Most importantly, we need to look at the relationship between teacher pay and student achievement. Without getting into teacher union objections to standardized testing- the old fallback cop out- teacher pay does not affect these scores. Nationally, the fourth grade average of both the literacy and math sections of the NEAP is 230.7 and 273.2 at the 8th grade level. Nationally, the average rate of graduation is 73.7. If we are going to gauge college readiness, the average SAT score is 1644. If we look at those states whose average teacher salary is at least $65,000 per year, the fourth grade scores are 234 and 8th grade scores are 276, both above the national average, but certainly not to such a significant degree that we can say increased teacher pay equals academic success. Also, graduation rates are above the national average at about 76%. But, SAT scores average 1508. Maybe they put out more high school graduates who are less college ready than other states. There is a slight correspondence that as one decreases average teacher salaries, test scores also decrease. But, the trend is hardly severe enough to state there is a causal link. For example, at the $50-55,000 category for teacher salary, 4th grade scores are 232.4, but at the $60-65,000 annual salary level, they average less than that at 231.8. And ironically, the states whose average annual teacher salaries are less than $45,000, SAT scores are the highest at 1659 while average graduation rates are above the national average at 74.1%.
Naturally, compensation is what usually attracts a person to a given profession despite all the niceties about giving back to the community and other mushy, feel good rationales. Do starting salaries for teachers have an effect on academic achievement and performance? Here, the evidence is much stronger that the higher a teacher’s starting salary, the better the academic achievement and performance. For example, in states where starting teacher salary exceeds $40,000 per year, the 4th grade, 8th grade and graduation metrics are higher than the national average and higher than in states with lower starting salaries for teachers. Thus, there may be truth to the teacher union mantra that a higher starting salary may help attract qualified people to the teaching profession. However, that number seems to be around the $40,000 per year level and certainly nowhere near the goal of, for example, the NJEA which advocates for a $50,000 starting salary for all teachers. But even this line of thought is negated when one looks at individual states. For example, the starting salary for a teacher in Utah is about $33,000 a year- considerably below the $40,000 level. Yet, Utah teachers turn out students who exceed the national averages at the 4th and 8th grade level, have a higher graduation rate than the national average, and whose SAT average scores exceed 1600. If a Utah teacher can do it on an introductory salary of $33,000 per year, it begs the question why a New York teacher cannot do the same. Obviously, student demographics play an important role and there are not too many urban areas, in the traditional sense, when one compares Utah to New York state.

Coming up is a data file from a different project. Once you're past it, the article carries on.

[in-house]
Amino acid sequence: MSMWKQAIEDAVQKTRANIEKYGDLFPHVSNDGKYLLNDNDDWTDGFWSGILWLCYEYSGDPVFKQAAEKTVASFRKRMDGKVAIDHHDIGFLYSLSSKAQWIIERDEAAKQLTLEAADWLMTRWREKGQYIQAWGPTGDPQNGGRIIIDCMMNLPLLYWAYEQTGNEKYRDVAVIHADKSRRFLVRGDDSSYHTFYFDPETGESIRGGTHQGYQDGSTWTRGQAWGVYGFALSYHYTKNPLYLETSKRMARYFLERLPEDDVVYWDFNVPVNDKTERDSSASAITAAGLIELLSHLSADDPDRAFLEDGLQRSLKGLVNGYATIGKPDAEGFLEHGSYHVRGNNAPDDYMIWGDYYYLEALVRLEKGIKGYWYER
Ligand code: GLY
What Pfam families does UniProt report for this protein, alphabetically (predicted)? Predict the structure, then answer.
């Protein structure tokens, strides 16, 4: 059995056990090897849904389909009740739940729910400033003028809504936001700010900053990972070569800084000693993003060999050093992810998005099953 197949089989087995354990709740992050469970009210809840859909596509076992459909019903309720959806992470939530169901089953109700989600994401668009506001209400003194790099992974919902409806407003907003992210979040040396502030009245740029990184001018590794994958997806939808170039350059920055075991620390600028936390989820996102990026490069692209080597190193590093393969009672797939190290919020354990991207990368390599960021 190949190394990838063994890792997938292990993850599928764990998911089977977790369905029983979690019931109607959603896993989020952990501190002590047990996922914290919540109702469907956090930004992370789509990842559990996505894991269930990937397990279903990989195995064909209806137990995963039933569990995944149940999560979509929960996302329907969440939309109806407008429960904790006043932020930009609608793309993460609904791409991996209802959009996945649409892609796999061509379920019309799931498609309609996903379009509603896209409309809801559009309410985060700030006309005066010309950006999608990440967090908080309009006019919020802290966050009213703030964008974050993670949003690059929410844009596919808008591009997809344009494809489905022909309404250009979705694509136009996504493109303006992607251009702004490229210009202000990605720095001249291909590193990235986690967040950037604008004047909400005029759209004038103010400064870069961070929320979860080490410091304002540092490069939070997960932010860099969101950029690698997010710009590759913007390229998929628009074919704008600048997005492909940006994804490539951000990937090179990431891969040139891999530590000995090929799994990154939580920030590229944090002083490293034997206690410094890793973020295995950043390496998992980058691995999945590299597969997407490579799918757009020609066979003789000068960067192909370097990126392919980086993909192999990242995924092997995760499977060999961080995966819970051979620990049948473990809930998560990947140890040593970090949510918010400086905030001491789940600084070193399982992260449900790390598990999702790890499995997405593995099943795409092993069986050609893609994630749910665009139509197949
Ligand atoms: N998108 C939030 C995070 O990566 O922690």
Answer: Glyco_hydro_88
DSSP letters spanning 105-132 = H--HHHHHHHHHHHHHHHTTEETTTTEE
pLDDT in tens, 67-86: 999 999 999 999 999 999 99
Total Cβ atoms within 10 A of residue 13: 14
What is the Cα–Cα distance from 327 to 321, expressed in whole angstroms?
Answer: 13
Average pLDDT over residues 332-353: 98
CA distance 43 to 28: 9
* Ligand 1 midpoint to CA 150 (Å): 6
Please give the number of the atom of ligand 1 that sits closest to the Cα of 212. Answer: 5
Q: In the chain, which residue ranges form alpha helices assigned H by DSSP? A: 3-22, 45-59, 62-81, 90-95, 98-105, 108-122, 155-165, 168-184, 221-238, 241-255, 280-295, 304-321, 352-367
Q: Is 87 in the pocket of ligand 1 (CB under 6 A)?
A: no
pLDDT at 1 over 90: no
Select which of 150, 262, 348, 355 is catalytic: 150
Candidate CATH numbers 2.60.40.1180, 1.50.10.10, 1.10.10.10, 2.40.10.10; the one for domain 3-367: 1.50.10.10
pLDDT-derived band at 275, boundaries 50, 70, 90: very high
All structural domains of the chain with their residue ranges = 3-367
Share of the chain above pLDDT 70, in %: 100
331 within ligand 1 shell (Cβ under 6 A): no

The concept of increasing pay for qualified teachers and for attracting people to the teaching profession is a conservative idea based on market principles as opposed to the liberal idea of one-size-fits-all. It makes perfect sense on the individual level. Suppose you have a college graduate with a degree in math deciding on a career choice. Do they accept the $65,000 a year job working for a Wall Street brokerage firm, or do they take the $40,000 a year job teaching 8th grade math? For many, this is no decision at all. Likewise, does the person with a degree in chemistry accept the $40,000 a year teaching high school chemistry, or $85,000 a year working at Dow Chemical? Again, the choice is obvious. The private market competes with the educational establishment for qualified people with the private market having a distinct and palpable financial advantage. This helps explain why both sides concede that we are falling behind our foreign counterparts in math and science. But, look at it from another angle. If you are a college graduate with a degree in English literature, do you accept the $40,000 teaching job or the $32,000 job at a local publishing house editing manuscripts? If you are a political science major, do you accept the $40,000 teaching job or the $28,500 political consultancy firm job. You will never hear anyone claiming we have a shortage of English or Social Studies teachers because the market the teacher unions have distorted steer people into and away from career choices.
And the reasons are obvious on both sides- for the teachers and for administrators. The pay scales negotiated during collective bargaining are easy to administer. If you have ease of administration, then half your battle with yearly budgetary concerns are alleviated or eliminated. For teachers, they are usually guaranteed an annual increase in salary no matter their performance assuming they have tenure (and most do). Compare this with private education where budgets are an annual nightmare and tuition has to be adjusted annually accordingly. However, they also have the trade off of being to able to jettison poor teachers and attracting more qualified teachers. They do not have to pay the art teacher the same as the science teacher. Hence, they can be more aggressive in recruiting people with a science degree to the profession of teaching science. Granted, public schools are attempting to do the same, but they are running into serious interference from teacher unions when it comes to both merit pay (paying teachers on a differential basis based on performance) or differential pay (paying teachers differently based upon need for those teachers). Generally, the arguments against these systems from the unions is that they upset teacher morale. If that was all they upset, then we are all the better for it. Not to denigrate the art teacher, but whether Johnny knows that “pi equals 3.14…” is a little more important in today’s world than Johnny getting in touch with his creative self. Johnny will have plenty of time for that when Johnny is making six figures. Then again, at the current rate and if the NEA had their way, Johnny would be making six figures teaching art.